I was giving a lecture on principles of reconciliation and one Swiss student in Latvia asked me, “Why do we need to talk about these tragic things that people and nations have done to each other? Doesn’t this just stir the pain and keep it alive? Doesn’t it actually harm good relations and infect the present situation?” Again a very good question most often coming from the youth who are 25 and under. When I was 18 or 20, I would have asked the same thing as I often felt that the older generations talked too much about the past. I only had the future to worry about.

In my case, with time and experiences around the world came a desire to see the bigger picture and also a realization that actually we do inherit national memories from the generations before us. We claim that it is “not our problem” and that we are “not responsible”. But we look at the reality around us and see that ‘yesterday’ still has a strong effect on ‘today’. And then we start to take ‘tomorrow’ more seriously because it cannot be taken for granted.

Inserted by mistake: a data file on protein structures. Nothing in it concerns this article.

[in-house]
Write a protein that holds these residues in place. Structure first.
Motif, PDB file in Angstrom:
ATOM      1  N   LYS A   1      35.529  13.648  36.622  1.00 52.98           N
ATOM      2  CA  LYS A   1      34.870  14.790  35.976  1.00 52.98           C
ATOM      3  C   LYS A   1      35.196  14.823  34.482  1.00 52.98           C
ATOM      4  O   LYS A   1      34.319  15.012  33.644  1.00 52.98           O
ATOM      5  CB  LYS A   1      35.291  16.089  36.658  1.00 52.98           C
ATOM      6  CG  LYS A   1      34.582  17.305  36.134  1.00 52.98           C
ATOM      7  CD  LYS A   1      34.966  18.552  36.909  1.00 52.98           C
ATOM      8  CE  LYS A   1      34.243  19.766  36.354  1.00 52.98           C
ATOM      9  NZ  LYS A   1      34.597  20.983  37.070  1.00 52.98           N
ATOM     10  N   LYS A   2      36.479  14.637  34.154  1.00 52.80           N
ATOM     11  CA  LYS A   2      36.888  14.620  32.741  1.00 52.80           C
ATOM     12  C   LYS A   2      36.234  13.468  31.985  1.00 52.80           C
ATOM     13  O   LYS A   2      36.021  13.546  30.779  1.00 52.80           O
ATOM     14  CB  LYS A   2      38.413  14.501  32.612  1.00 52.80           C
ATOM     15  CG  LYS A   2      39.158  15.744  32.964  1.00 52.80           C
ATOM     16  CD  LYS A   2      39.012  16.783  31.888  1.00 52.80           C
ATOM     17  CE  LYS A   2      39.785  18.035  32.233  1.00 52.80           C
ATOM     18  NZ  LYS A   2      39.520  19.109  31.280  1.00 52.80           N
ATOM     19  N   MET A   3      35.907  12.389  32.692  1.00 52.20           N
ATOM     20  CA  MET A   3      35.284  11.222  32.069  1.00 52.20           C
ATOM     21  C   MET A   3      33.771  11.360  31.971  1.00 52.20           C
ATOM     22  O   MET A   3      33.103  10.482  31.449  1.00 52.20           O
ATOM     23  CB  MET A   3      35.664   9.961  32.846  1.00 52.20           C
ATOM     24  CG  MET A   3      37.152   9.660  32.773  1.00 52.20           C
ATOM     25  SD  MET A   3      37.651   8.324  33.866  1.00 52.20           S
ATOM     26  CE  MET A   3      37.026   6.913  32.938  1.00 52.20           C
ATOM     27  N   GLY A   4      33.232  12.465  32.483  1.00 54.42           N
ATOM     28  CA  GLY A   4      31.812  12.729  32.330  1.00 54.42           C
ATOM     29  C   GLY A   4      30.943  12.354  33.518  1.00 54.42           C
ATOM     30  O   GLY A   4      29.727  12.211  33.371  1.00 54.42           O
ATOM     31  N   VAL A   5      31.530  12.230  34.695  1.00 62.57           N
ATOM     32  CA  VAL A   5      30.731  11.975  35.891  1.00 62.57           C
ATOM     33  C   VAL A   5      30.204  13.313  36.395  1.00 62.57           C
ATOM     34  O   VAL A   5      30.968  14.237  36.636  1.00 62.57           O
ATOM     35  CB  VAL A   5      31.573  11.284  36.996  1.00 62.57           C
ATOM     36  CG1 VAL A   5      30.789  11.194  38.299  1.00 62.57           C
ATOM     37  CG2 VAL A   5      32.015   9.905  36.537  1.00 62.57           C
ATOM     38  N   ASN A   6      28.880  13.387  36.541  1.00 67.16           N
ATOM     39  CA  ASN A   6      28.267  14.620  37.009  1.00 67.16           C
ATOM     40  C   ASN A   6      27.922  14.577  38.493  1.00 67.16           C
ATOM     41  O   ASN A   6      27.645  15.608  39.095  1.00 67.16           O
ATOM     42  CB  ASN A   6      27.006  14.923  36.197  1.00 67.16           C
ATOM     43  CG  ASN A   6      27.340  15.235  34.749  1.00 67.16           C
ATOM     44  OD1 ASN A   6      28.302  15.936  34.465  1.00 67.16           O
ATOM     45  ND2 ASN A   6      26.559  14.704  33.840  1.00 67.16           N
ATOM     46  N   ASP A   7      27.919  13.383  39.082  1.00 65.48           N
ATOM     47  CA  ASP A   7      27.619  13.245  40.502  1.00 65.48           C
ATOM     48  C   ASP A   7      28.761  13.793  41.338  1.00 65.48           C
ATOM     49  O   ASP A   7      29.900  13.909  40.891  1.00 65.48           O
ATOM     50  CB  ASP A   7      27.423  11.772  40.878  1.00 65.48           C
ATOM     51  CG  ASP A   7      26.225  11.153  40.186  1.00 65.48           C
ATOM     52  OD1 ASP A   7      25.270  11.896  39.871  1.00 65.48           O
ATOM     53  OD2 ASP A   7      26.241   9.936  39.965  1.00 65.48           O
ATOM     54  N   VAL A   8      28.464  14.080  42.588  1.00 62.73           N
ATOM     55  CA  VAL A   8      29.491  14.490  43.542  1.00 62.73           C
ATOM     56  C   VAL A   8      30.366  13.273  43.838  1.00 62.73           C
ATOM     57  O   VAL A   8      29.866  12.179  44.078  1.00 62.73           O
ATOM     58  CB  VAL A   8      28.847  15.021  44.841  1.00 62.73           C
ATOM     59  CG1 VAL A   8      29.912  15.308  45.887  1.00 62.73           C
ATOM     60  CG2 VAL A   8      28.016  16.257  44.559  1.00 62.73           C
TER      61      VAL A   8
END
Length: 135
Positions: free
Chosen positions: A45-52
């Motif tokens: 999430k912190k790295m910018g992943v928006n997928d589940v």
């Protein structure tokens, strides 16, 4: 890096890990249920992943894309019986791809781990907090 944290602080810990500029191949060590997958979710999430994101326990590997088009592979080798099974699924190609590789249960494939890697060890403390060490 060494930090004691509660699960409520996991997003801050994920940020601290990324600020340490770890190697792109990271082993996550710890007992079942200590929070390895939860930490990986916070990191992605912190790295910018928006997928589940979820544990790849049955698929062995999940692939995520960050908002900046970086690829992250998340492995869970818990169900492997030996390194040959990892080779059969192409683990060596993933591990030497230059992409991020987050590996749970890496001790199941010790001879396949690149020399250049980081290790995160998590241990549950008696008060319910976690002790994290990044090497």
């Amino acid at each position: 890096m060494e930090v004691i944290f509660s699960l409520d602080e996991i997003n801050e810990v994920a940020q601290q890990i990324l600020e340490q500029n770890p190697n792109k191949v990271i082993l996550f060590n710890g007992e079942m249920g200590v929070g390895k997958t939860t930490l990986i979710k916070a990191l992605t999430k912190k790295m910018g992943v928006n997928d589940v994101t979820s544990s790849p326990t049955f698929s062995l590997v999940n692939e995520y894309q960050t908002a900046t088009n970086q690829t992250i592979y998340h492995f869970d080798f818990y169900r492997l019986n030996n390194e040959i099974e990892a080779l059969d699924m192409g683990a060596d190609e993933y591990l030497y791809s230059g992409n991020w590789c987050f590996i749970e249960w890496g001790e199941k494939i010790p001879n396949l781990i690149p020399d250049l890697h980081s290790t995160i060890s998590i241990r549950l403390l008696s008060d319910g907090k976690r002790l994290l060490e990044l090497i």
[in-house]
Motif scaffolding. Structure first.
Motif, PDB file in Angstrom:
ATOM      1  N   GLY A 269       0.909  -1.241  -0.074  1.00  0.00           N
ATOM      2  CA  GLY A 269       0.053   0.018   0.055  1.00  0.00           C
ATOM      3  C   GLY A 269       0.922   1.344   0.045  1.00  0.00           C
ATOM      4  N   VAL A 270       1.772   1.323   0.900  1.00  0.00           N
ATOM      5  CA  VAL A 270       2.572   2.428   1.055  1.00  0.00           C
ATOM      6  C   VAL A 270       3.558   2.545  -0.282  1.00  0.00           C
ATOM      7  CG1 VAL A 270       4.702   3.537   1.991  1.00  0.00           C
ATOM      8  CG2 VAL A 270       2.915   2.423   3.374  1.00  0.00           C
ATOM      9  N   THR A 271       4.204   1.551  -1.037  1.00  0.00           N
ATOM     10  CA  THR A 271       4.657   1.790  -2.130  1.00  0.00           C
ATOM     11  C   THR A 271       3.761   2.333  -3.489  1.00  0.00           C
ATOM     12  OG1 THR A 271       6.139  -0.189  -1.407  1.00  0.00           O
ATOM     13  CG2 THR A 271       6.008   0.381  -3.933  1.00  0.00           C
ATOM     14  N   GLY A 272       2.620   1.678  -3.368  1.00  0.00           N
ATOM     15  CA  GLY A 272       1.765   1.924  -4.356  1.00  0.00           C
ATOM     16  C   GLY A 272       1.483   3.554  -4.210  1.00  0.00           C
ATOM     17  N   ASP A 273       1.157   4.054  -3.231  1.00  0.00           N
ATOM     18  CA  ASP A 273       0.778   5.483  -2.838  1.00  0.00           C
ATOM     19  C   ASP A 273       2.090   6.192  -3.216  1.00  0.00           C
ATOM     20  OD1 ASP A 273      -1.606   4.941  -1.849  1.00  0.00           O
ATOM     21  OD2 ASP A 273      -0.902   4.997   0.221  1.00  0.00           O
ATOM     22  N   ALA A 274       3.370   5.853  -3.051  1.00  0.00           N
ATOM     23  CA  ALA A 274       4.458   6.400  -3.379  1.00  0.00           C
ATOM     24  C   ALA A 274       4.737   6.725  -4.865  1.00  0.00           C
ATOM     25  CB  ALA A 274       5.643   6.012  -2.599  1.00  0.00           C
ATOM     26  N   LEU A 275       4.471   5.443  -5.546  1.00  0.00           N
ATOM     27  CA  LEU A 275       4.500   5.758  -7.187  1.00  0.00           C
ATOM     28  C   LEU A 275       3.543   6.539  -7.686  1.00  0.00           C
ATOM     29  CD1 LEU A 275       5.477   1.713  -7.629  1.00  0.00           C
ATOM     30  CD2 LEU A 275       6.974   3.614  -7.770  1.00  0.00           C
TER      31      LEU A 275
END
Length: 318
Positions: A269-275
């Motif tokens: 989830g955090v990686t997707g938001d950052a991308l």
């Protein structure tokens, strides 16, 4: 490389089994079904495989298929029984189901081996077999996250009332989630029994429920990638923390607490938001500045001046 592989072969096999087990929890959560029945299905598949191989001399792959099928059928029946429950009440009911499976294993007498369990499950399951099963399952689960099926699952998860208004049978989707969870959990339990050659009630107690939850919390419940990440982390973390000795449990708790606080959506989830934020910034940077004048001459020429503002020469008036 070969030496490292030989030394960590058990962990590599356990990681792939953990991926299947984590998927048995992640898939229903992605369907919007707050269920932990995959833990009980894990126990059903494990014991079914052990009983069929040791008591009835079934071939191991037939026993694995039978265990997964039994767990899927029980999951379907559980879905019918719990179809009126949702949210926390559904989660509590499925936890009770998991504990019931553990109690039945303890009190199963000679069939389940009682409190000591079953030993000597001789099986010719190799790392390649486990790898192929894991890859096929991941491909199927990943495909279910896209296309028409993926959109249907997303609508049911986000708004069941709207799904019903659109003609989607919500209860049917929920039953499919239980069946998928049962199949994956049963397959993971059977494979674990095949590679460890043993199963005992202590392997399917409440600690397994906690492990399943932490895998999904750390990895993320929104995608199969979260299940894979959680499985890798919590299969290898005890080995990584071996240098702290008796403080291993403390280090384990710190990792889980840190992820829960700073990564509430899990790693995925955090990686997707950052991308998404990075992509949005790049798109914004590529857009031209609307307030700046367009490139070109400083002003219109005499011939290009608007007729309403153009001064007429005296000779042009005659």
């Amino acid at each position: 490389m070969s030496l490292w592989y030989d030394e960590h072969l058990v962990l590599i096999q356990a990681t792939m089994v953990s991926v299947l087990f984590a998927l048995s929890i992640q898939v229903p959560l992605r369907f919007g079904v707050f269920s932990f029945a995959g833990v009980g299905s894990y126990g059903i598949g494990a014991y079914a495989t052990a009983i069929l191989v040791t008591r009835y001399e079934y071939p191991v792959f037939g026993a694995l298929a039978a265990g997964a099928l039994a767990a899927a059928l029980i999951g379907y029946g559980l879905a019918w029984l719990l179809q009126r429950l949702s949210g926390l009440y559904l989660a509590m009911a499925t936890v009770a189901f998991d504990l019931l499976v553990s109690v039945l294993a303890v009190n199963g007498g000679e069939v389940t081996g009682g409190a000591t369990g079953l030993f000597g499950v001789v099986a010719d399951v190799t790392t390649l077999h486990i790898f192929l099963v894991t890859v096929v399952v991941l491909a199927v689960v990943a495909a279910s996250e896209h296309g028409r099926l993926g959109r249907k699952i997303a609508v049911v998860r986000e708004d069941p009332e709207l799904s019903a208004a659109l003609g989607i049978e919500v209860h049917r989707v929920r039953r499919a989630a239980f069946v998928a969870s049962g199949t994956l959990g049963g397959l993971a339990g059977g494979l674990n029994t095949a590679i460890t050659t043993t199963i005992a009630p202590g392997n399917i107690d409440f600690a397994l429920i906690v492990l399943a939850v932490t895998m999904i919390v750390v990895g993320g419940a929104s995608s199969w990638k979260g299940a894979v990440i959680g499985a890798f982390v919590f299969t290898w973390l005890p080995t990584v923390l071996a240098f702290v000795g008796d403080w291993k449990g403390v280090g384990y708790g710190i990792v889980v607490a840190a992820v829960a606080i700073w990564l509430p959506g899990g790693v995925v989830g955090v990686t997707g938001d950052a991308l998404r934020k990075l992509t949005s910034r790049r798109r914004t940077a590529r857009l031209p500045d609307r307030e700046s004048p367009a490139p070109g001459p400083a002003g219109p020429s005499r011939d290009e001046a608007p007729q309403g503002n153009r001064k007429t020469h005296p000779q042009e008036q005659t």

I use the word ‘yesterday’ because in this part of the world we live in very young nations. I don’t mean cultures or ethnic identities because there is long history here but many of our republics are celebrating 100 year anniversaries. Republic of Latvia is preparing to celebrate its 100th anniversary on November 18, 2018 and Estonia on February 24, 2018. Lithuania has a much longer history of statehood but on February 16, 2018 it will celebrate 100th anniversary of the Restoration of the State.